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How The Future Of Jobs Is Changing, And The Skills Needed To Thrive

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As technologies advance, it can be easy to worry about future employment opportunities — but right now it’s a job seeker’s hiring market.


By Guy Berger, International Business Times

As technologies advance, it can be easy to worry about future employment opportunities — but right now it’s a job seeker’s hiring market. Unemployment in the U.S. is at its lowest point in 17 years, and hiring in 2017 was up 10.4 percent from 2016, according to the LinkedIn Workforce Report. There’s even optimism about the creation of new kinds of jobs: A recent report from the Institute for the Future forecasted that 85 percent of jobs that will exist in 2030 have yet to be invented.

Job seekers benefit from knowing what opportunities are available to them, as well as what skills are needed to obtain those opportunities. The skills required for different job titles change over time, but now we have the data to show just how job functions are changing.

[post_ads]In aforementioned report, LinkedIn found that the fastest growing jobs over the past five years are data scientists, customer success managers and realtors. Some of the most in-demand jobs will continue to be tech-related, with candidates for a wide variety of roles benefiting from digital savvy or technical expertise. Take data scientist roles, which have grown six times in the last five years. If you’re looking to get hired as a data scientist, the most common job titles used as stepping stones into data scientist positions include research assistant, teaching assistant, software engineer, data scientist and business analyst.

But not everyone has to be a technologist to advance in tomorrow’s workplace, and soft skills will always be in demand. The World Economic Forum’s Global Human Capital Report found that core, cross-functional skills like leadership and customer service underpin roles across multiple industries. Anyone finding themselves in an account manager, project manager, customer service representative, program manager or sales manager role might consider switching careers to become a customer success manager now or in the near future. After all, those jobs are the most common pathways into today’s in-demand customer success manager roles. Sales skills, like those needed for the customer-facing jobs, are in high demand in many cities today, including Los Angeles.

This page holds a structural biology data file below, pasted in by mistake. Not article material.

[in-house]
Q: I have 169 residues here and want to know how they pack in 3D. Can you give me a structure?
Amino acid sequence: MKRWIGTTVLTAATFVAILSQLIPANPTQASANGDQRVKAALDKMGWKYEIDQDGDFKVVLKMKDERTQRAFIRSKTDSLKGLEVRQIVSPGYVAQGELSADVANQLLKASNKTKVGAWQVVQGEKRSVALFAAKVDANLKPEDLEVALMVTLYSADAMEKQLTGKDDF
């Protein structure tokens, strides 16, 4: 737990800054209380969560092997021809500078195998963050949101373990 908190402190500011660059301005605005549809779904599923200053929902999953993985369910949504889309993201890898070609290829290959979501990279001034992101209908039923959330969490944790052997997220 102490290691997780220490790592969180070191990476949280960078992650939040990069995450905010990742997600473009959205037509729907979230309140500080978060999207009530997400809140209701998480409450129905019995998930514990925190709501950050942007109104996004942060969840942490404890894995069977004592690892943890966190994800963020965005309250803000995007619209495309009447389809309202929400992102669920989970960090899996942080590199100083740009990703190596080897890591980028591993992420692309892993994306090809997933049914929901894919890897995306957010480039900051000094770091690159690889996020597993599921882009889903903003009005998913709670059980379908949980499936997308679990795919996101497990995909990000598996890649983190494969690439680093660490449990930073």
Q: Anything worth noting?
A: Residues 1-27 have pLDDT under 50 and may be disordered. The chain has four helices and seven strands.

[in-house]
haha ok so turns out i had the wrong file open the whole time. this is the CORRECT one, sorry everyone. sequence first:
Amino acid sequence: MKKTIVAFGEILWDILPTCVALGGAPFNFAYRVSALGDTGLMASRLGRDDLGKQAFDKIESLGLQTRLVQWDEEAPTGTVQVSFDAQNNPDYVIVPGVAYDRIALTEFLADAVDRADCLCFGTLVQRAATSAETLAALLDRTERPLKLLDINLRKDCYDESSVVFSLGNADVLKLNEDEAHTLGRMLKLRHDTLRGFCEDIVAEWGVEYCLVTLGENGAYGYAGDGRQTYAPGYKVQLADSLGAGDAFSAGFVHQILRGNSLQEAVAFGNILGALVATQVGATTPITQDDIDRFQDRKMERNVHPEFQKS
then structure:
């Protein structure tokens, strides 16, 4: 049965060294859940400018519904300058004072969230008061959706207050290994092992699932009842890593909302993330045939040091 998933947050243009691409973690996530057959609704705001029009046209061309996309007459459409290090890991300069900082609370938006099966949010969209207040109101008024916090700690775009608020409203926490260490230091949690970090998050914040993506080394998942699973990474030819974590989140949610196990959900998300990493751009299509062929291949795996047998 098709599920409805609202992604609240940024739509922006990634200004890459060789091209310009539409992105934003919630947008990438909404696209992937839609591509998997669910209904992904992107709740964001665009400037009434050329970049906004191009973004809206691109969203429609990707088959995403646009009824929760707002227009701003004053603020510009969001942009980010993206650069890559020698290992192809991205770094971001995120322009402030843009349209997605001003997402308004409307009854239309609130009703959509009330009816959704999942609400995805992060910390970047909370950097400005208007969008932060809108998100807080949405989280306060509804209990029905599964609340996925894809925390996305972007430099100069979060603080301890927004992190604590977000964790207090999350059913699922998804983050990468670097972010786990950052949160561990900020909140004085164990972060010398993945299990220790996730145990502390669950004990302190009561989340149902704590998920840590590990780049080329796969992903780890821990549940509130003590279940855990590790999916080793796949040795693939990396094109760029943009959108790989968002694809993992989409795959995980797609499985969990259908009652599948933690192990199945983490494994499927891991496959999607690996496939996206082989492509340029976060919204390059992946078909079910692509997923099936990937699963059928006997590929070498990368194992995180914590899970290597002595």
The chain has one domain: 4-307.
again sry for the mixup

Licensed realtors are another job function experiencing growth, and are especially in demand in the Dallas-Ft.Worth and Houston areas. Roles in the real estate space tend to be more widely distributed across the U.S. rather than being concentrated solely in coastal cities, so there’s a huge opportunity for those looking to explore new locations. 
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If geography is destiny, consider a move to pursue job opportunities in the San Francisco Bay Area, Austin or Washington, D.C., the three U.S. cities with the greatest skills scarcities, suggests LinkedIn’s report. It’s also notable that the demand for freelancers (particularly within the software, healthcare and retail industries) and a corresponding focus on mobility is spread across the country. But the geographic areas experiencing the most growth — those to keep in mind for future opportunities — are the South and Midwest. It’s clear that location will be a big point of change in the coming years and may lead to the creation of new economic hubs beyond the coasts.

Overall job growth in the next decade is actually expected to outstrip growth during the previous decade, creating 11.5 million jobs in the U.S. by 2026, according to the U.S. Bureau of Labor Statistics. Knowing which skills are in demand, and which skills and positions make it easier to navigate career pivots, will help today’s professionals keep up with changes in the employment landscape.

While it may seem that tech roles dominate the landscape — and it’s true that the top five emerging jobs have software skills in common — there’s also an incredible opportunity for professionals across the board to take advantage of ongoing and future changes to the job market. New roles are emerging all the time, giving workers at all levels the opportunities to grow, especially those who are looking to change careers or relocate in the new year.

Guy Berger is an economist at LinkedIn.

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